In this case, the instruction executes the Bootstrap Method #0, which is the “0” argument to the
invokedynamic instruction. That bootstrap methods have their own pool, and in this case, #0 is the static
method metafactory on the class java.lang.invoke.LambdaMetafactory . Every bootstrap method is
automatically passed MethodHandles.Lookup (a utility class to look up methods), the String name of the
invoked method, and the type the CallSite is expected to provide as a MethodType . In this case, the type that
is expected is a Supplier , and we are implementing the get method: that is specified by the other argument
to invokedynamic (the #3).
In the bootstrap method pool, though, we see a few other method arguments declared. These are tacked
onto the end, and they are the three remaining arguments to the metafactory call. The second argument is
the simplest: it is the source of the implementation for the lambda. In this case, it is the static invocation of
our lambdiseMe method. The first and last arguments are the implementation signature and runtime type
of the method being implemented. The implementation signature is something that takes no arguments
and returns an object - ()Ljava/lang/Object; - because that is the signature of Supplier.get() that we
are trying to match. However, we also tell the runtime via the third argument that this method will actually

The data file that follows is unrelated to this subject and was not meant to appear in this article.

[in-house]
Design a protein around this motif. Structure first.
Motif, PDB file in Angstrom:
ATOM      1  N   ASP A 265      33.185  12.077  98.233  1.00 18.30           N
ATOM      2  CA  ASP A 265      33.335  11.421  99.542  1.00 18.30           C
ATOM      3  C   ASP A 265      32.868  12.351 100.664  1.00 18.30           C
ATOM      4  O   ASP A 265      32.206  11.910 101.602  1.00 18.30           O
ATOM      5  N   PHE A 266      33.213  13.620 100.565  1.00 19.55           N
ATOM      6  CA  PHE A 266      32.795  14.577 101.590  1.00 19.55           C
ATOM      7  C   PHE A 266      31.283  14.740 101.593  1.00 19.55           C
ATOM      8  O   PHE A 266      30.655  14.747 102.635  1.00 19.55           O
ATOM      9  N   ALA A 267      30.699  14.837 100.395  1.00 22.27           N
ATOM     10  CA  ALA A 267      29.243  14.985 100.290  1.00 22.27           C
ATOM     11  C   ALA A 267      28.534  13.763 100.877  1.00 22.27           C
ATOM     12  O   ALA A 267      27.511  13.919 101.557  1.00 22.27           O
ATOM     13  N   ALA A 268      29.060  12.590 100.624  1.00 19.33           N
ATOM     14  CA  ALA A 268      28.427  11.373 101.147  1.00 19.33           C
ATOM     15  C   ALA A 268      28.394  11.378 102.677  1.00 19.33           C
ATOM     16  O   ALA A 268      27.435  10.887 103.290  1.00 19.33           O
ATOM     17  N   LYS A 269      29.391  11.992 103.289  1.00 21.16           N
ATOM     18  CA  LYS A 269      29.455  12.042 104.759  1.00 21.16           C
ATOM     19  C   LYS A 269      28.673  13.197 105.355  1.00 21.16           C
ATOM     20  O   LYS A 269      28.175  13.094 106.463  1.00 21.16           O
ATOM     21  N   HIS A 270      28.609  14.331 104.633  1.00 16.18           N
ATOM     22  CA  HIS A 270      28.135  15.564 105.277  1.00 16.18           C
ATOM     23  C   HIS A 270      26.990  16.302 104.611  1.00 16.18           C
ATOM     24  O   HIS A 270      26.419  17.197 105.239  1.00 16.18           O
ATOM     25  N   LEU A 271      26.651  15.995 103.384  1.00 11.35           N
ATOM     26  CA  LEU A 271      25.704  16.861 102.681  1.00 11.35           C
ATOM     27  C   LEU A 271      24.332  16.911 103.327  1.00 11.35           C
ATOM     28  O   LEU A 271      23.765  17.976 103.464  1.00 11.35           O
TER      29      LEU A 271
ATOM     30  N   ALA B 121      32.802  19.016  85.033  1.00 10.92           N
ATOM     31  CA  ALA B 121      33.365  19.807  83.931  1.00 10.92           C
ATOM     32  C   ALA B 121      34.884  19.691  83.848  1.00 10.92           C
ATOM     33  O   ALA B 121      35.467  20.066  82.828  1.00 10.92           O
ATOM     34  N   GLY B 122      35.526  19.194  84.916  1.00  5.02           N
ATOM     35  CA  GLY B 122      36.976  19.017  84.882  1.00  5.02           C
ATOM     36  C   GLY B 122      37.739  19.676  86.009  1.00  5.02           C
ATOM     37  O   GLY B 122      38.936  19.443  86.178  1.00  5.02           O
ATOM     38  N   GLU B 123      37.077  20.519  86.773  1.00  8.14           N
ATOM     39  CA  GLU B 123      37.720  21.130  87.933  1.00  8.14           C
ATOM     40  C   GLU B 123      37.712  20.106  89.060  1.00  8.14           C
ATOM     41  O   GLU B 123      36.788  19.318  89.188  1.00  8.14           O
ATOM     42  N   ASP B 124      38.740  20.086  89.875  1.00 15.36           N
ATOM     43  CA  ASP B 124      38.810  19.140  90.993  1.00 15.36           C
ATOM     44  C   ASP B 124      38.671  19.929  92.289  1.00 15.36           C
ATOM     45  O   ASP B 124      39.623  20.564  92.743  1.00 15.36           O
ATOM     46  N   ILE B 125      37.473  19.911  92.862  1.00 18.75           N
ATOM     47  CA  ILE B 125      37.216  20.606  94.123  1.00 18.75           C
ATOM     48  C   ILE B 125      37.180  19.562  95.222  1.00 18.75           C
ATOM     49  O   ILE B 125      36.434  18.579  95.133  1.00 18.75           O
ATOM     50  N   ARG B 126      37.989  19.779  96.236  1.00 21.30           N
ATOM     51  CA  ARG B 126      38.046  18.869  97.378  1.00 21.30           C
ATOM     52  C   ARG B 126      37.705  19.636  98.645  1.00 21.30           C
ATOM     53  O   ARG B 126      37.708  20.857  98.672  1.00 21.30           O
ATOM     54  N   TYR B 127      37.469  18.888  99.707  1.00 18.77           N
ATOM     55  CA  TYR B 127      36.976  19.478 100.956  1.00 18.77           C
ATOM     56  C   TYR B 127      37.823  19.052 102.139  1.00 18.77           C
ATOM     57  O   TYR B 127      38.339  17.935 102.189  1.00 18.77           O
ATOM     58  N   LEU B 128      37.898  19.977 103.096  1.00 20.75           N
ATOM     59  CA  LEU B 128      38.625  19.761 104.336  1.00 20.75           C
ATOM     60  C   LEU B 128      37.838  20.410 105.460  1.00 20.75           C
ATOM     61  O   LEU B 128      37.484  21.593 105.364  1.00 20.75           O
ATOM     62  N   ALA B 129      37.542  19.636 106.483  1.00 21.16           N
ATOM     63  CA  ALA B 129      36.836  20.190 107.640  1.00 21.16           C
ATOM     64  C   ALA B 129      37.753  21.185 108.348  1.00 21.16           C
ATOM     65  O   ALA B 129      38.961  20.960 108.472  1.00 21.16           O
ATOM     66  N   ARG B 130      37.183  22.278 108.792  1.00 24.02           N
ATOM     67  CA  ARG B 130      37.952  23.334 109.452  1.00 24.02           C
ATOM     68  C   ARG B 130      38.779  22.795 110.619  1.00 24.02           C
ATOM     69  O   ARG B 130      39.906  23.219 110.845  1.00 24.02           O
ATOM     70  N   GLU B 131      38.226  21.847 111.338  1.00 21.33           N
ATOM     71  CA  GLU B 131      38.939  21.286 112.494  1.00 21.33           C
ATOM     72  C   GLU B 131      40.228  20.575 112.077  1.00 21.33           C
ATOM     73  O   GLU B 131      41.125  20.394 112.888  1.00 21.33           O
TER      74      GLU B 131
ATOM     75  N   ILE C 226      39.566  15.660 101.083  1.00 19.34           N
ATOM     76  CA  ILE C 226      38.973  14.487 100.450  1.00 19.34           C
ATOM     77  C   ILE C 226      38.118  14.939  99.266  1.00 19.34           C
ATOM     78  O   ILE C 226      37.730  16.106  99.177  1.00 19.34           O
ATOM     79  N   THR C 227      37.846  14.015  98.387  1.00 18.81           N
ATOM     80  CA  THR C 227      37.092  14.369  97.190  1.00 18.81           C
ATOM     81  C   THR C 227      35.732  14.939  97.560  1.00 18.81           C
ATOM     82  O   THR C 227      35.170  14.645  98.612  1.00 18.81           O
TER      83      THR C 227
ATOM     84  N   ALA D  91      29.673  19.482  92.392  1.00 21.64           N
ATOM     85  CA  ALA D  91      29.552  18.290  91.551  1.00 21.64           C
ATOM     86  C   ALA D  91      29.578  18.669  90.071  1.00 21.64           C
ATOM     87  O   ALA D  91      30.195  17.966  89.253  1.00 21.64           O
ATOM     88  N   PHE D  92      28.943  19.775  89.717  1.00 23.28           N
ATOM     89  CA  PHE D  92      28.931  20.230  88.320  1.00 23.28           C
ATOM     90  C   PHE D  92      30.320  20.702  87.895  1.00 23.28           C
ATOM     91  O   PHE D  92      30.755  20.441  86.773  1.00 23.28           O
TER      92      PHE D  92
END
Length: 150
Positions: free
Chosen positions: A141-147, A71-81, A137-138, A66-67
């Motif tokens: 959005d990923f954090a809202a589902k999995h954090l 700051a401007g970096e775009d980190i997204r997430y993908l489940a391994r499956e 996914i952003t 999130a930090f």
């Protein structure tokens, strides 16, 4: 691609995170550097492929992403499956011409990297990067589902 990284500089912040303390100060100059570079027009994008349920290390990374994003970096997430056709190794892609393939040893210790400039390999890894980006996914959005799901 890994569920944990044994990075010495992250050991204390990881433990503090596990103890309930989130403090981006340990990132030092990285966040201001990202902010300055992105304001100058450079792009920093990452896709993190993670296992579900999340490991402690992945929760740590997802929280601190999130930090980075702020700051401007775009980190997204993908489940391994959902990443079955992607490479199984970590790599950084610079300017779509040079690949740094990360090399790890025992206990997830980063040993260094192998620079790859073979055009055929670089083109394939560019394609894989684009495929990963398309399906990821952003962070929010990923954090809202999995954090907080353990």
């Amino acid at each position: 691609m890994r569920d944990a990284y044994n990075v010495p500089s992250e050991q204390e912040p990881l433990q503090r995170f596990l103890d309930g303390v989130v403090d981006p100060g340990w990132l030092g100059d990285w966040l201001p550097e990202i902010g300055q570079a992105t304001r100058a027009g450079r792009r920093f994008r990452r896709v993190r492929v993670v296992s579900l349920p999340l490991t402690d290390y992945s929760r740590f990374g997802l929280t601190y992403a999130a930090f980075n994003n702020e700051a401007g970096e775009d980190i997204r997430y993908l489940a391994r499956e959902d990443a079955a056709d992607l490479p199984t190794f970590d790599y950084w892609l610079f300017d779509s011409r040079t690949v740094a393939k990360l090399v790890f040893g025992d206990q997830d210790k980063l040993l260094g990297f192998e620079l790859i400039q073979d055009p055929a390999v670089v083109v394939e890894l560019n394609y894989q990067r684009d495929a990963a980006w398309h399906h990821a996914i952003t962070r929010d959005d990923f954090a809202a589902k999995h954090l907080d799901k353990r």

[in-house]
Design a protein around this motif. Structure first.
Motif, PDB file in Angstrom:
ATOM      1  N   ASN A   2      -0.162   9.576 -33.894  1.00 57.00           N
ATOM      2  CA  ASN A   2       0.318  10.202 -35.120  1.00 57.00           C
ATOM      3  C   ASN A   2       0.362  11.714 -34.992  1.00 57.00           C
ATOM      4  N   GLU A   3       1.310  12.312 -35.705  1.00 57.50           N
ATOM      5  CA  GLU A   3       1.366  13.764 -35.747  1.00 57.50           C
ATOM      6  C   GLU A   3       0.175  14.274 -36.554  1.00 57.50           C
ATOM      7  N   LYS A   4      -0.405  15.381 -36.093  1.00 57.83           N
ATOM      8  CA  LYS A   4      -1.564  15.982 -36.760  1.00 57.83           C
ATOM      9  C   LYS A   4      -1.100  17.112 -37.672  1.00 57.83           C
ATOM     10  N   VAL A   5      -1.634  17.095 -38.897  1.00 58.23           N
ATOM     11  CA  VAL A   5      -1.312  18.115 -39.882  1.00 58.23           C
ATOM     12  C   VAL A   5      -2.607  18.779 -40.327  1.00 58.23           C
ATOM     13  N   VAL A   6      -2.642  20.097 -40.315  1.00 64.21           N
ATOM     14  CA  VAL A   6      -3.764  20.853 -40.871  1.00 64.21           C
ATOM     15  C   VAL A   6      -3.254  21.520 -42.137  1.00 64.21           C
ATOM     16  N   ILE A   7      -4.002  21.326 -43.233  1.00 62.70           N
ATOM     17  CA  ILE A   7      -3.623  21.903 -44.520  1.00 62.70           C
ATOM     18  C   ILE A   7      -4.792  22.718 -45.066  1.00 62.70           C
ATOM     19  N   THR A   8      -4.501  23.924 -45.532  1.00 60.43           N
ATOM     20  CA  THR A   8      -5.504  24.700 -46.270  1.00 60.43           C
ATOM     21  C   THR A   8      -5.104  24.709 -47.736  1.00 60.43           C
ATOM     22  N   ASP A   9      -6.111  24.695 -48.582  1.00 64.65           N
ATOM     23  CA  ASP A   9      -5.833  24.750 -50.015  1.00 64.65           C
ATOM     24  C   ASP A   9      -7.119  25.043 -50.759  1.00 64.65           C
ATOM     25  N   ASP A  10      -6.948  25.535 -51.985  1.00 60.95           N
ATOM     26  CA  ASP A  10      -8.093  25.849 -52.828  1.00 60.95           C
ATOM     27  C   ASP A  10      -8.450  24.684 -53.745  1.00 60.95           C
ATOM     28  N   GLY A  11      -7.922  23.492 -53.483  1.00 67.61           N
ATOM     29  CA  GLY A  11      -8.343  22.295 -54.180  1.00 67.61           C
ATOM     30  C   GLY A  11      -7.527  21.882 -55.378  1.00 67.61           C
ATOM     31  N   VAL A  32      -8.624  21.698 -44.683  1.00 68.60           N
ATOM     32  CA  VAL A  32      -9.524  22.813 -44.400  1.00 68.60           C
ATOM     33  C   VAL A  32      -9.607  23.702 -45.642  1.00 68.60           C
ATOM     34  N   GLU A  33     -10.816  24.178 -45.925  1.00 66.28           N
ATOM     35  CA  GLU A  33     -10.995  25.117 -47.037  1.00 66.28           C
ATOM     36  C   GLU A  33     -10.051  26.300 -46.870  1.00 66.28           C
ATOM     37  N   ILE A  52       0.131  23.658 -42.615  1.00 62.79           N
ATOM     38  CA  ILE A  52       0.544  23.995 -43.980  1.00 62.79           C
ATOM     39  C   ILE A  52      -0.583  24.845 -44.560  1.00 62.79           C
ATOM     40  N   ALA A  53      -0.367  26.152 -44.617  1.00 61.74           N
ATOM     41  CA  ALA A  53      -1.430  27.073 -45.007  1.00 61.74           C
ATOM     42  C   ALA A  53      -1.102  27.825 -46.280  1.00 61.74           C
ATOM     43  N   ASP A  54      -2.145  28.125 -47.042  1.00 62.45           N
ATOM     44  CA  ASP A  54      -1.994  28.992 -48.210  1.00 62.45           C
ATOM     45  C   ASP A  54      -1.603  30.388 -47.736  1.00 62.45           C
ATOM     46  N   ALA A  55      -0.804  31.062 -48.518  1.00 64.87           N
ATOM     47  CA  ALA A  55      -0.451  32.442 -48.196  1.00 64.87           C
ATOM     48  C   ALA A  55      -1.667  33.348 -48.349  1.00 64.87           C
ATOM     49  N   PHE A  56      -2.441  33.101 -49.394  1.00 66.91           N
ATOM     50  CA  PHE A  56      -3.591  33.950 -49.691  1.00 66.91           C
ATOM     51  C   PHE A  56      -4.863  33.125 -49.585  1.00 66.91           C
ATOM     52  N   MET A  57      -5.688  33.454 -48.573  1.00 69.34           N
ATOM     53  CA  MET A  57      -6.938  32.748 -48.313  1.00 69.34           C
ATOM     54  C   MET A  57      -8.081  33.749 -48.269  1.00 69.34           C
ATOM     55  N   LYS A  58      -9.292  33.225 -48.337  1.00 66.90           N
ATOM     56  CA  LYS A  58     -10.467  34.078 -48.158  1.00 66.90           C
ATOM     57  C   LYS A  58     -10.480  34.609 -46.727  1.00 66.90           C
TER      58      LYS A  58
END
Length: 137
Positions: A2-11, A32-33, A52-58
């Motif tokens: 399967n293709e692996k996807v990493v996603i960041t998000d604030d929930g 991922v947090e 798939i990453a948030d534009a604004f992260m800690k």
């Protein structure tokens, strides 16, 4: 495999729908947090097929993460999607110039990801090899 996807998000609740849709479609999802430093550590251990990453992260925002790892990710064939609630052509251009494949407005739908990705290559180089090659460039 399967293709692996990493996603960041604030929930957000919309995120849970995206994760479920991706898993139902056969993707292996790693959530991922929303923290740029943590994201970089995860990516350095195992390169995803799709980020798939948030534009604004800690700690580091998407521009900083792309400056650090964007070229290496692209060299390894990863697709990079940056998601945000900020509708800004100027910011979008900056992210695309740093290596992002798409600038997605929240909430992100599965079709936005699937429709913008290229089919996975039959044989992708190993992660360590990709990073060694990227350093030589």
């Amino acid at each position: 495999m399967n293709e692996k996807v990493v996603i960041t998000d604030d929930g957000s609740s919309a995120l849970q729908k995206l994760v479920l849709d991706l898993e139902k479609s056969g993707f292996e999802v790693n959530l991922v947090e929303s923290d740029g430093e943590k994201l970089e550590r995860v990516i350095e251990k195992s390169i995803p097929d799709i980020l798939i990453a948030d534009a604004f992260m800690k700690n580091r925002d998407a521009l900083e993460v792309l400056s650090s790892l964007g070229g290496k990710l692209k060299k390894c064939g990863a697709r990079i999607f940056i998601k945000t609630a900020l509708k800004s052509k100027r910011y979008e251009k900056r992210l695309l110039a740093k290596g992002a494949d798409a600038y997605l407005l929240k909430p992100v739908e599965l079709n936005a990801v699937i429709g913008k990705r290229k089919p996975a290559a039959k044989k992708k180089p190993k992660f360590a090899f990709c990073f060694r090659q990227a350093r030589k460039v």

always return a String - ()Ljava/lang/String; - which is useful for optimization and casting.
Let's pull it all together. The invokedynamic instruction is encountered for the first time. The
metafactory method is called, being passed some default arguments and some custom arguments. The
default arguments are the utility for method lookup, the name of the invoked method, and an instruction
to return a Supplier. The custom arguments specify that we will implement Supplier.get(), and even though
it normally takes no arguments and returns an Object, we will really provide an implementation that takes
no arguments and returns a String. Another custom argument specifies that the implementation of that is
through statically invoking our lambdiseMe method. This bootstrap method returns the details about the call
site, which is invoked to generate the Supplier based on our lambda. Whew!
This is a lot of work on paper, but the shocking part is how fast this is, especially given repeated
invocations. The overhead of lambdas compared to anonymous functions is usually too small to be
measured, especially on any kind of modern hardware. The Java 8 runtime is tuned well for this kind of work,
and it does all this heavy lifting on the first invocation so that later invocations are lightweight and easy to
Given all this work for a static method, though, what happens when we want to call a method on some
bound object, such as our old friend, System.out::println ?
Bound Instance Method References in Bytecode
In the previous section, we saw how a static method was turned into a functional interface implementation
via a method reference. The static case is the simplest; binding an instance method is trickier. An instance
method also has to store its particular instance for later execution, and that instance has to be used to invoke
Throughout this topic, we have used System.out::println as our generic instance method
reference, and so our current example will be the same. Using the bytecode notation, the shape of System.
out::println is (Ljava/lang/String)V - it takes a string and returns void. This is the shape of the
Consumer<String> functional interface class, so our example will produce a Consumer<String> based on
System.out::println . When we do this, we get the result in Listing 8-3.